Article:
The night went on though. The bachelorette party got kicked out for threatening Trista and we danced until the lights came on. There’s a moment in a night in Adams Morgan, where the bars all close and people flood the streets. It’s the bewitching hour for drunks, and my drunk ass wanted an empanada. This is the part of the story where I find myself at Julia’s Empanadas, waiting for my turkey empanada, which tastes like Thanksgiving, to come out of the oven. The store is crowded. There is a line far out the door, people are talking loudly and empanadas are slowly being handed out. I’m pressing my hand up against the large display of empanadas, holding myself up in my heels which are hurting my feet. All I want in my empanada. I would kill for an empanada, and just as the glorious treat is being passed to me by the cashier, two men in line start to yell. The cashier orders everyone out. He’s still holding my damn empanada, so I don’t make a move for the door. Somehow, I’m assuming he means, everyone who isn’t waiting for a delicious turkey treat needs to get out. I’m exempt obviously. That’s when one of the men grabs the plastic display of dessert empanadas, holds it over his head and smashes it down on the other guy. I wish I could say I was shocked and appalled by this action. But remember, I’m drunk and hungry, so all I was thinking, as the display case made contact with the man’s head, was I really hope one of those empanadas flies out and lands in my hand. It didn’t though. As soon as the fight broke out, everyone was swept outside where all the strawberry and cream cheese filled pastries were smashed on the street. I’m not sure how everything ended. I was the only one still in the store, waiting for my empanada.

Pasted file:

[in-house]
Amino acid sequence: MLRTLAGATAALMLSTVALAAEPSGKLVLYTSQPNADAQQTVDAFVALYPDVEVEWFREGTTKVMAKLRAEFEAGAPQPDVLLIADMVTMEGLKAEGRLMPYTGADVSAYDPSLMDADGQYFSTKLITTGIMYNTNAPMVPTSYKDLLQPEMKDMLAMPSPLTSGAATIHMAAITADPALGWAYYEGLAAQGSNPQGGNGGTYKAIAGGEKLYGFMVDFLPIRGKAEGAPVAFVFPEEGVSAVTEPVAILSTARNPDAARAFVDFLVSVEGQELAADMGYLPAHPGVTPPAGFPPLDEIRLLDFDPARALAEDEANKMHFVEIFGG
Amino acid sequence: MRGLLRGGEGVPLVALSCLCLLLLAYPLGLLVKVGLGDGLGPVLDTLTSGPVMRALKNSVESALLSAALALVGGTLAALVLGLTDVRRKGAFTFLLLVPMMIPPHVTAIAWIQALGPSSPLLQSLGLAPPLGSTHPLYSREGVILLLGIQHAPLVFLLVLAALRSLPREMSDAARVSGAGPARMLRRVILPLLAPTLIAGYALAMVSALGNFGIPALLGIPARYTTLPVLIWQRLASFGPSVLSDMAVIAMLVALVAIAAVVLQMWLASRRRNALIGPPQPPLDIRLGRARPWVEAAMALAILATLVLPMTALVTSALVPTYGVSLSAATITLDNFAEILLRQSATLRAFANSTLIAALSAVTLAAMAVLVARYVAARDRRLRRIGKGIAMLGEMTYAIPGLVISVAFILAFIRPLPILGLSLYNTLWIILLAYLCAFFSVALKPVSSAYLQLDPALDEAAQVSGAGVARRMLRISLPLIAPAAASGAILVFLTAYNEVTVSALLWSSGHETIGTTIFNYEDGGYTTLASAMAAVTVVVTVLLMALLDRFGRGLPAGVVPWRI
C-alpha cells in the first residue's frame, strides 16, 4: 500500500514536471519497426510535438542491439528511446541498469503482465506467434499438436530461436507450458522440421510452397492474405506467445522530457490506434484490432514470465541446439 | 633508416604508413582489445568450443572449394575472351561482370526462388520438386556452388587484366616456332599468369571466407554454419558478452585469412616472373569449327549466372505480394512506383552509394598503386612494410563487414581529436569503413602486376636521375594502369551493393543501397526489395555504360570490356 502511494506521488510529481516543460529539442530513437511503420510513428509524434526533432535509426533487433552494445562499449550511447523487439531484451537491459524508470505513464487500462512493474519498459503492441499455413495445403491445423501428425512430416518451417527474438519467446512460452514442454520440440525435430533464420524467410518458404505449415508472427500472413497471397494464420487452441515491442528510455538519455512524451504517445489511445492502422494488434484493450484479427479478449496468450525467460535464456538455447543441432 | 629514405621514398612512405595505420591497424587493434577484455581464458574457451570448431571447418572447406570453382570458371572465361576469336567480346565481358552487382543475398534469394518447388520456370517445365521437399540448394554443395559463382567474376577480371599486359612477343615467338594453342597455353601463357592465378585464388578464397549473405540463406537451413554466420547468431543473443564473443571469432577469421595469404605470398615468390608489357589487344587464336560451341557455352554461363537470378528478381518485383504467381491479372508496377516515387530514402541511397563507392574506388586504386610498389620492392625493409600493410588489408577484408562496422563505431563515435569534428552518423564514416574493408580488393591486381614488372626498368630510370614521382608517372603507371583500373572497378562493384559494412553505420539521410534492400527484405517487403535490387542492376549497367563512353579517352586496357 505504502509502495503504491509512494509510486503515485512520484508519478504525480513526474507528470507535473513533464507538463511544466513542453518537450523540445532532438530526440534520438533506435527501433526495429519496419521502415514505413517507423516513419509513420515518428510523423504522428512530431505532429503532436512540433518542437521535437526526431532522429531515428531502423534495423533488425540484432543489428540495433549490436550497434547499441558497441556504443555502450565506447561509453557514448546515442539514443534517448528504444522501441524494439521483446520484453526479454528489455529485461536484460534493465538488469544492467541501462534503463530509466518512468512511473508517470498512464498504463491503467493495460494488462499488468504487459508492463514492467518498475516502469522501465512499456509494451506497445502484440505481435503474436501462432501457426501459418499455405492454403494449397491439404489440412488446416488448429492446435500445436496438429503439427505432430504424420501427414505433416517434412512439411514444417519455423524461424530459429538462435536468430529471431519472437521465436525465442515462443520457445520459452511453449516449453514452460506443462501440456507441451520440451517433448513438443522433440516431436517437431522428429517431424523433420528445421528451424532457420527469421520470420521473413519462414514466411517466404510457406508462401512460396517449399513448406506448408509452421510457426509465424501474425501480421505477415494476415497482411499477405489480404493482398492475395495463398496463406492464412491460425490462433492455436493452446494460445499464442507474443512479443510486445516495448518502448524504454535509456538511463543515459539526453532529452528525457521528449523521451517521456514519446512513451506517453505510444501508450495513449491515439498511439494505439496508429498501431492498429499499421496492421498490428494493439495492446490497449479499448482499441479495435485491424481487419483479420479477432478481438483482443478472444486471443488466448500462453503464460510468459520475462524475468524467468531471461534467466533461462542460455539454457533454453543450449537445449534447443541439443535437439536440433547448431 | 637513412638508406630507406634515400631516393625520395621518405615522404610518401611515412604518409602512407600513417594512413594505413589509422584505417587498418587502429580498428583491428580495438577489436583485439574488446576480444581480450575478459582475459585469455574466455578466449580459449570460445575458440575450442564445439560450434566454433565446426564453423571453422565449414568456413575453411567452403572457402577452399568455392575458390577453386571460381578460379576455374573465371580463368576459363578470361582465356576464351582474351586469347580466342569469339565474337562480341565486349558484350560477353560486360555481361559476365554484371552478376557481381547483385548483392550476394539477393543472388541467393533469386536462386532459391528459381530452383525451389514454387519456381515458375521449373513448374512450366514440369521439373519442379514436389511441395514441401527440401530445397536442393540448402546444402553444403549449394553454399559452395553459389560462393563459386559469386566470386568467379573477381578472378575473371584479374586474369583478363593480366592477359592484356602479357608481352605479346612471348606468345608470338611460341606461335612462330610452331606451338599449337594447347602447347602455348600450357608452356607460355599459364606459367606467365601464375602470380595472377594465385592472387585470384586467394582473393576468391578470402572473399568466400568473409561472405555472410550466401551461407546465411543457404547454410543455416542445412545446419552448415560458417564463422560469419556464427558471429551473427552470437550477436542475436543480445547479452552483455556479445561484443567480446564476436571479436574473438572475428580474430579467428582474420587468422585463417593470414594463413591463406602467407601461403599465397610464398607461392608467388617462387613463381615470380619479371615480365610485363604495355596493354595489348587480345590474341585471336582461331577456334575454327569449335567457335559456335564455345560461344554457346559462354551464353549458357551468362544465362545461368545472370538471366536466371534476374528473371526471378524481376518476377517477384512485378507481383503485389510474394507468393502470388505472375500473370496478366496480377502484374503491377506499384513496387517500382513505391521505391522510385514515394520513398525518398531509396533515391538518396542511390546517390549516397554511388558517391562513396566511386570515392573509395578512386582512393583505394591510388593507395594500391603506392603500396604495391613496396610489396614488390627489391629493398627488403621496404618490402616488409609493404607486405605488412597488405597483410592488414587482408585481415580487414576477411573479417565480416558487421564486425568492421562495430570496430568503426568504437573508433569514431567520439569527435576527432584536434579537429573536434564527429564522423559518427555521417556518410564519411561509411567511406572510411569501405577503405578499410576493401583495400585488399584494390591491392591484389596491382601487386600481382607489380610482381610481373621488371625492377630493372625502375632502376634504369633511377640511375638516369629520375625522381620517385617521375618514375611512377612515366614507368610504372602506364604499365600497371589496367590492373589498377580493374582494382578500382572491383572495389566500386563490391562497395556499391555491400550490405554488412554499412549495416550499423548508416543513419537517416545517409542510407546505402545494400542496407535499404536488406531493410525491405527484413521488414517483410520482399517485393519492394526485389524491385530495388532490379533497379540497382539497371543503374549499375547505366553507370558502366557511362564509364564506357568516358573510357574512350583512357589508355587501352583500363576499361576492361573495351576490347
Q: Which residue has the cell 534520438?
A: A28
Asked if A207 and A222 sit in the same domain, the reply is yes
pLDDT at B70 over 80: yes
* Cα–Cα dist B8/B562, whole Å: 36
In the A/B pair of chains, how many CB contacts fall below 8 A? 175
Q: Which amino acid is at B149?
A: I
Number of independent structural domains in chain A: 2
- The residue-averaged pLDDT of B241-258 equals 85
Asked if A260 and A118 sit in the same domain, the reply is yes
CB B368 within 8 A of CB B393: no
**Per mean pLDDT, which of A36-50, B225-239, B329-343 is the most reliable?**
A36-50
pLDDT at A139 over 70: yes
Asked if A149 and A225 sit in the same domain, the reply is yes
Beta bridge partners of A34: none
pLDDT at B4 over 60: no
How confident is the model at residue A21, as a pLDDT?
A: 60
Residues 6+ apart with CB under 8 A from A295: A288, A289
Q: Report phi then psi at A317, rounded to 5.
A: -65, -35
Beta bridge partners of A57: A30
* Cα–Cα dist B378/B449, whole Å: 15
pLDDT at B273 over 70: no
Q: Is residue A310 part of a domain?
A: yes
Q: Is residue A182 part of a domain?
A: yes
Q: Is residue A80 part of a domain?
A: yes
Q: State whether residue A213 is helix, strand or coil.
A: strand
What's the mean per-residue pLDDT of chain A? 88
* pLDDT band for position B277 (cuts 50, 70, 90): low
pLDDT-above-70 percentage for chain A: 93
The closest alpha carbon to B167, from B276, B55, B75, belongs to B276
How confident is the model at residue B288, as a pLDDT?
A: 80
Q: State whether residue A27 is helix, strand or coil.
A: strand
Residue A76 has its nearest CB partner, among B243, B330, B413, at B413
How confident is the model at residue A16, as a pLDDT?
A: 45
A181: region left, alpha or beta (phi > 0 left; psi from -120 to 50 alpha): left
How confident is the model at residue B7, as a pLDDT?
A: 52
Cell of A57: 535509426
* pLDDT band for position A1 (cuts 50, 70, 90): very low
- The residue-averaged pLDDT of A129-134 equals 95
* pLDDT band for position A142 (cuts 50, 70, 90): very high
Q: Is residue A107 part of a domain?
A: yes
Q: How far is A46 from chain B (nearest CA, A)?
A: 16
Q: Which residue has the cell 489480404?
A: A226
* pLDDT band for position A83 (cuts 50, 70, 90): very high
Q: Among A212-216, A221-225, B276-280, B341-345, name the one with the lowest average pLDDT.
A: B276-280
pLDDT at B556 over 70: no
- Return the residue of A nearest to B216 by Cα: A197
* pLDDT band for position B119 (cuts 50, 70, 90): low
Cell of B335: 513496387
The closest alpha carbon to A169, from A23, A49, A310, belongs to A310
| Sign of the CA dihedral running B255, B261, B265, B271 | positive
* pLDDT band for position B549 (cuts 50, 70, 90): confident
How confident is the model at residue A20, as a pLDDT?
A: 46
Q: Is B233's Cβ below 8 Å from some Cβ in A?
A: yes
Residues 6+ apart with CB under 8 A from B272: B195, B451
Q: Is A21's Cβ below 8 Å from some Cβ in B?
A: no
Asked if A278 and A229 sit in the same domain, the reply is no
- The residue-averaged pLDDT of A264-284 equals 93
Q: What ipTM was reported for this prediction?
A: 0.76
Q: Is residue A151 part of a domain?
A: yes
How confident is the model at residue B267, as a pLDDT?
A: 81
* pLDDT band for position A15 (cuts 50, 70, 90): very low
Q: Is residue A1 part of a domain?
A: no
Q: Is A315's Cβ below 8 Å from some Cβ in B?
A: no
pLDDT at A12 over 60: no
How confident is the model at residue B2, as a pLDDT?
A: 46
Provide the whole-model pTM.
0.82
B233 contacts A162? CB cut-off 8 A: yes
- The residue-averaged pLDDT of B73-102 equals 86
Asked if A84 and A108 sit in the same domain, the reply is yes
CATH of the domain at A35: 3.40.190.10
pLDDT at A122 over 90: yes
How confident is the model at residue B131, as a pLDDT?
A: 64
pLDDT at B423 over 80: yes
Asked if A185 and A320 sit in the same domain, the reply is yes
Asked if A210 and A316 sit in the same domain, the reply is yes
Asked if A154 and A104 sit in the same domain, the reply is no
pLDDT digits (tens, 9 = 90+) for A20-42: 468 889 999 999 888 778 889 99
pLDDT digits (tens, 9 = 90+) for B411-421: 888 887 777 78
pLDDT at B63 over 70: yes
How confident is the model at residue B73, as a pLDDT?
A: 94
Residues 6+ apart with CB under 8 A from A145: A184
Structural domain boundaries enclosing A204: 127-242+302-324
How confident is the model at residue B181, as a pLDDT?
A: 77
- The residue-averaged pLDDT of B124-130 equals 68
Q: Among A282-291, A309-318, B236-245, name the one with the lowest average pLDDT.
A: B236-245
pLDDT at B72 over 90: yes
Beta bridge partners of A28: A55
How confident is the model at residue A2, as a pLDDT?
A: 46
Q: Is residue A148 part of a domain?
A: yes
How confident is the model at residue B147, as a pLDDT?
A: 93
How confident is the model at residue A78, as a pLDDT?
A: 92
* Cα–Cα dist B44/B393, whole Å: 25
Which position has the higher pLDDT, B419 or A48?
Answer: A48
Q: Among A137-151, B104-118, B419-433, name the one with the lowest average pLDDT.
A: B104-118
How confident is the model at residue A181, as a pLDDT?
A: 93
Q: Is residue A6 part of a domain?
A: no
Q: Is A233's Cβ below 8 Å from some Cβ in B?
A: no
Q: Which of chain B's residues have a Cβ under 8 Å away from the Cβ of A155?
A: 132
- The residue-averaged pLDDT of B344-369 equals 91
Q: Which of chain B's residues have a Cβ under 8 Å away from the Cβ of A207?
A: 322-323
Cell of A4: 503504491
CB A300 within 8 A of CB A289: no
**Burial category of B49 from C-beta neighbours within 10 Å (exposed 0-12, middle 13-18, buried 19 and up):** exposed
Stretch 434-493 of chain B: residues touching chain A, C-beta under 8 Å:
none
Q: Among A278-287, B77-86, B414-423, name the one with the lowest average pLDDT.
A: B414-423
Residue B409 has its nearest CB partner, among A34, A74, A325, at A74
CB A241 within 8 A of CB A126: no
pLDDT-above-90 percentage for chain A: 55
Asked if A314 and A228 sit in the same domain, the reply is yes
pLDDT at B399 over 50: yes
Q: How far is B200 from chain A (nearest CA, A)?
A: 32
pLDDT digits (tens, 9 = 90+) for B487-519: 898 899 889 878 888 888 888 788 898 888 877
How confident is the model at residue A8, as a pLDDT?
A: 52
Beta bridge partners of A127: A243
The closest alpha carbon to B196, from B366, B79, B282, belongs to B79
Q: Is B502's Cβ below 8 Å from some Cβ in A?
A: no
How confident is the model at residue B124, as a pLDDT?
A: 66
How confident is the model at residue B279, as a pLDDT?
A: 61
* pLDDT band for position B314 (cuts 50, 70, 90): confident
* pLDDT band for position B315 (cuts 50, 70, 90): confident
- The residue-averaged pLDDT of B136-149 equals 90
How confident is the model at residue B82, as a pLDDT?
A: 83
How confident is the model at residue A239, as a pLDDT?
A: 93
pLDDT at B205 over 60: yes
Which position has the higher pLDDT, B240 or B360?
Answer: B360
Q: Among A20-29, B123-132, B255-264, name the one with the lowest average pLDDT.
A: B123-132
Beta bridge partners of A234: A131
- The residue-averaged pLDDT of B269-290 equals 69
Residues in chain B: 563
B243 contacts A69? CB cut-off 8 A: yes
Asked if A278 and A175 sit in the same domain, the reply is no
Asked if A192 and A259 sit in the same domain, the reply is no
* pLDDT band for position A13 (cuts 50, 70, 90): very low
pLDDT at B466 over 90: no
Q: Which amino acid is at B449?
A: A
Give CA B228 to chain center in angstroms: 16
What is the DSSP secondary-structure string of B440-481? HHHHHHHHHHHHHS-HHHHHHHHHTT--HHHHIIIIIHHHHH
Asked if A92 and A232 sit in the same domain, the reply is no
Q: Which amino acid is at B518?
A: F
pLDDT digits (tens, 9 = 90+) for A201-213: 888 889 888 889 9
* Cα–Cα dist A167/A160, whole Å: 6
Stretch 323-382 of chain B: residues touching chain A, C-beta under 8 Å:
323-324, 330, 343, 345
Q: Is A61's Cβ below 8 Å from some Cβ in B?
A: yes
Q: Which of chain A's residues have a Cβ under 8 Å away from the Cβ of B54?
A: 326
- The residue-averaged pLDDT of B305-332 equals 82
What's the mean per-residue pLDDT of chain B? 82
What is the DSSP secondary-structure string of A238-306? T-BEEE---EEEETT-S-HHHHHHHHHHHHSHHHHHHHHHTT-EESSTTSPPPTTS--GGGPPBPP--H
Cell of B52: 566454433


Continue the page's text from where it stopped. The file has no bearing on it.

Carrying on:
The night ended with a cab back to Silver Spring and crashing on Trista’s floor. The next morning began with a hangover, lost memories and the aftertaste of a turkey empanda. But that’s really all you can expect after a Saturday night in Adams Morgan.
You know you’ve done it about a billion times: gone to a party and sworn the last thing you were going to talk about would be politics (because that’s what inevitably happened at all the previous parties). The next thing you know, you’re on your fourth gin and tonic and you’re ranting about the election or the economy and what Congress should do to fix it.
The difference in talking about politics whilst in a state of inebriation whilst in DC (I’ve been reading a lot of stuff written by Brits lately), is that at least people in DC are mostly educated about it. Yeah, there are those occasional fucking idiots who learned 3 lines from watching CNN and they repeat that crap all night thinking they should be elected to Congress (although, in reality, they might do a better job than some current congresspeople); but for the most part, people in DC tend to be more knowledgeable about politics than your average Joe.
I’m surprised our pre-gaming hasn’t turned into The Economist and Atlantic Monthly reading parties/games – Every time The Economist refers to people in the French way (Messrs and M), take a drink; or every time Atlantic Monthly has an article with more than 1,000 words, bottoms up!
I received this letter from a concerned reader:
How can I curb my “Metro-rage”? I frequently encounter DC commuters who are oblivious to the swift movements needed to enter, and in particular, leave a metro station. I feel walking up the escalator should be done in a quick manner, rather than taking each footstep so slowly that I cannot help but scream silently in my head and perhaps mimick strangulation. If you are going to walk up the escalators, you should probably go faster THAN the escalator.